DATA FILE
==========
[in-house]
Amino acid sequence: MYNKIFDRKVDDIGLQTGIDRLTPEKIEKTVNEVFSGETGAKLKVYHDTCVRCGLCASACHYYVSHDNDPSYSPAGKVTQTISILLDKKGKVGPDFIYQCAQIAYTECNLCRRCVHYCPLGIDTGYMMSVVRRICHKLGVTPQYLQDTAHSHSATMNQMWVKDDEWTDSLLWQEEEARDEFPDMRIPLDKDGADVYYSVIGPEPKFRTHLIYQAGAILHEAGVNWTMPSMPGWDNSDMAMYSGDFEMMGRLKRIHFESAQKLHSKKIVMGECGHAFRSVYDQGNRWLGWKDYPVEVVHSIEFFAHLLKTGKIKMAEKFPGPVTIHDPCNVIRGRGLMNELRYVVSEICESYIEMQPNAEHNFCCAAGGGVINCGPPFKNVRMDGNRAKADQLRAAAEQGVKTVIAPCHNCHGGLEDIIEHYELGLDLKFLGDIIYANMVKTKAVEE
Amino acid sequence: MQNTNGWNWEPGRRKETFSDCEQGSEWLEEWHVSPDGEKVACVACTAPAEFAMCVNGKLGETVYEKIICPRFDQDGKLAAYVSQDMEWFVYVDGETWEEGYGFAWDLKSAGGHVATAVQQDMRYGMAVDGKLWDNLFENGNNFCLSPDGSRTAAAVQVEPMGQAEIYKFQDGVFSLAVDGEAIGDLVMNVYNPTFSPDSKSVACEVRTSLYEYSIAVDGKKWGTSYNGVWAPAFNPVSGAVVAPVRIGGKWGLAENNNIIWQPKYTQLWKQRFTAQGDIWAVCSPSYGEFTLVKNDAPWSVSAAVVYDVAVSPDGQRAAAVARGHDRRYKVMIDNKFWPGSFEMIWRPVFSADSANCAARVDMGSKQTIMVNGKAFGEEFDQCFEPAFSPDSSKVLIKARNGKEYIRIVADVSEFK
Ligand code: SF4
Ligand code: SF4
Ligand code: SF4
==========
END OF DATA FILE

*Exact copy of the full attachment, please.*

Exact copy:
[in-house]
Amino acid sequence: MYNKIFDRKVDDIGLQTGIDRLTPEKIEKTVNEVFSGETGAKLKVYHDTCVRCGLCASACHYYVSHDNDPSYSPAGKVTQTISILLDKKGKVGPDFIYQCAQIAYTECNLCRRCVHYCPLGIDTGYMMSVVRRICHKLGVTPQYLQDTAHSHSATMNQMWVKDDEWTDSLLWQEEEARDEFPDMRIPLDKDGADVYYSVIGPEPKFRTHLIYQAGAILHEAGVNWTMPSMPGWDNSDMAMYSGDFEMMGRLKRIHFESAQKLHSKKIVMGECGHAFRSVYDQGNRWLGWKDYPVEVVHSIEFFAHLLKTGKIKMAEKFPGPVTIHDPCNVIRGRGLMNELRYVVSEICESYIEMQPNAEHNFCCAAGGGVINCGPPFKNVRMDGNRAKADQLRAAAEQGVKTVIAPCHNCHGGLEDIIEHYELGLDLKFLGDIIYANMVKTKAVEE
Amino acid sequence: MQNTNGWNWEPGRRKETFSDCEQGSEWLEEWHVSPDGEKVACVACTAPAEFAMCVNGKLGETVYEKIICPRFDQDGKLAAYVSQDMEWFVYVDGETWEEGYGFAWDLKSAGGHVATAVQQDMRYGMAVDGKLWDNLFENGNNFCLSPDGSRTAAAVQVEPMGQAEIYKFQDGVFSLAVDGEAIGDLVMNVYNPTFSPDSKSVACEVRTSLYEYSIAVDGKKWGTSYNGVWAPAFNPVSGAVVAPVRIGGKWGLAENNNIIWQPKYTQLWKQRFTAQGDIWAVCSPSYGEFTLVKNDAPWSVSAAVVYDVAVSPDGQRAAAVARGHDRRYKVMIDNKFWPGSFEMIWRPVFSADSANCAARVDMGSKQTIMVNGKAFGEEFDQCFEPAFSPDSSKVLIKARNGKEYIRIVADVSEFK
Ligand code: SF4
Ligand code: SF4
Ligand code: SF4